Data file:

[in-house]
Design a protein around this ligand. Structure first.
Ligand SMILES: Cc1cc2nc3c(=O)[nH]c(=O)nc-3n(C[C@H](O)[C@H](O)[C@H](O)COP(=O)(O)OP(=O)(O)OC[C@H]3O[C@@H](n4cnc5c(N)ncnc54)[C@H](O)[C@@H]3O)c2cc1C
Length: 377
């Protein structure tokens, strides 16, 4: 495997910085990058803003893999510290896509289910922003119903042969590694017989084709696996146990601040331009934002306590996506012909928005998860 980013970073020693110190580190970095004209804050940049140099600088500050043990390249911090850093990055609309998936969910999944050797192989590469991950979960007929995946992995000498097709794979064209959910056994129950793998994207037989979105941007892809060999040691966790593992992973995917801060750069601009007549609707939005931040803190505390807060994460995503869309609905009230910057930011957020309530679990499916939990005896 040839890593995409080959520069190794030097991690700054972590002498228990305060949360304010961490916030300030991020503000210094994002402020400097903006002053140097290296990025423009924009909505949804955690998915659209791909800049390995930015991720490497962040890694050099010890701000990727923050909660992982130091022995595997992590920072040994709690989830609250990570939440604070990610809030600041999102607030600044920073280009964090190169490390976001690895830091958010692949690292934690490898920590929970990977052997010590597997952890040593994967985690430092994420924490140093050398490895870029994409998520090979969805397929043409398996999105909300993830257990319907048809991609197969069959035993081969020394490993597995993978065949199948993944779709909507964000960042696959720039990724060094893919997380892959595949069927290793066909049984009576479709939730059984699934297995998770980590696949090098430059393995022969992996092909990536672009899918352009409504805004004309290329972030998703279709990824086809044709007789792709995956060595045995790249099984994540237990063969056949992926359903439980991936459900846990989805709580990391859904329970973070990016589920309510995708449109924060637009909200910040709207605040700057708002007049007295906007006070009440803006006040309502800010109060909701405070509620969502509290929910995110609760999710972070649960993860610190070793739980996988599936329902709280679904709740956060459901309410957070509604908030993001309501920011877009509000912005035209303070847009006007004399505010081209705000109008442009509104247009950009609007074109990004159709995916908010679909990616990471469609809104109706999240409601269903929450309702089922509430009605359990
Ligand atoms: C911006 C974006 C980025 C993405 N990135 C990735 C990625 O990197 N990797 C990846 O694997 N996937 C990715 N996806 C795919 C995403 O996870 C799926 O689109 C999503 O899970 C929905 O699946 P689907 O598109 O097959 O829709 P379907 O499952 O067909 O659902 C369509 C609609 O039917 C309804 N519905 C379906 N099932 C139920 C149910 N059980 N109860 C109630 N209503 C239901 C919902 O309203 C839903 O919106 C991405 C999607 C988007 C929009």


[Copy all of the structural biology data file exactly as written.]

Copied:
[in-house]
Design a protein around this ligand. Structure first.
Ligand SMILES: Cc1cc2nc3c(=O)[nH]c(=O)nc-3n(C[C@H](O)[C@H](O)[C@H](O)COP(=O)(O)OP(=O)(O)OC[C@H]3O[C@@H](n4cnc5c(N)ncnc54)[C@H](O)[C@@H]3O)c2cc1C
Length: 377
């Protein structure tokens, strides 16, 4: 495997910085990058803003893999510290896509289910922003119903042969590694017989084709696996146990601040331009934002306590996506012909928005998860 980013970073020693110190580190970095004209804050940049140099600088500050043990390249911090850093990055609309998936969910999944050797192989590469991950979960007929995946992995000498097709794979064209959910056994129950793998994207037989979105941007892809060999040691966790593992992973995917801060750069601009007549609707939005931040803190505390807060994460995503869309609905009230910057930011957020309530679990499916939990005896 040839890593995409080959520069190794030097991690700054972590002498228990305060949360304010961490916030300030991020503000210094994002402020400097903006002053140097290296990025423009924009909505949804955690998915659209791909800049390995930015991720490497962040890694050099010890701000990727923050909660992982130091022995595997992590920072040994709690989830609250990570939440604070990610809030600041999102607030600044920073280009964090190169490390976001690895830091958010692949690292934690490898920590929970990977052997010590597997952890040593994967985690430092994420924490140093050398490895870029994409998520090979969805397929043409398996999105909300993830257990319907048809991609197969069959035993081969020394490993597995993978065949199948993944779709909507964000960042696959720039990724060094893919997380892959595949069927290793066909049984009576479709939730059984699934297995998770980590696949090098430059393995022969992996092909990536672009899918352009409504805004004309290329972030998703279709990824086809044709007789792709995956060595045995790249099984994540237990063969056949992926359903439980991936459900846990989805709580990391859904329970973070990016589920309510995708449109924060637009909200910040709207605040700057708002007049007295906007006070009440803006006040309502800010109060909701405070509620969502509290929910995110609760999710972070649960993860610190070793739980996988599936329902709280679904709740956060459901309410957070509604908030993001309501920011877009509000912005035209303070847009006007004399505010081209705000109008442009509104247009950009609007074109990004159709995916908010679909990616990471469609809104109706999240409601269903929450309702089922509430009605359990
Ligand atoms: C911006 C974006 C980025 C993405 N990135 C990735 C990625 O990197 N990797 C990846 O694997 N996937 C990715 N996806 C795919 C995403 O996870 C799926 O689109 C999503 O899970 C929905 O699946 P689907 O598109 O097959 O829709 P379907 O499952 O067909 O659902 C369509 C609609 O039917 C309804 N519905 C379906 N099932 C139920 C149910 N059980 N109860 C109630 N209503 C239901 C919902 O309203 C839903 O919106 C991405 C999607 C988007 C929009």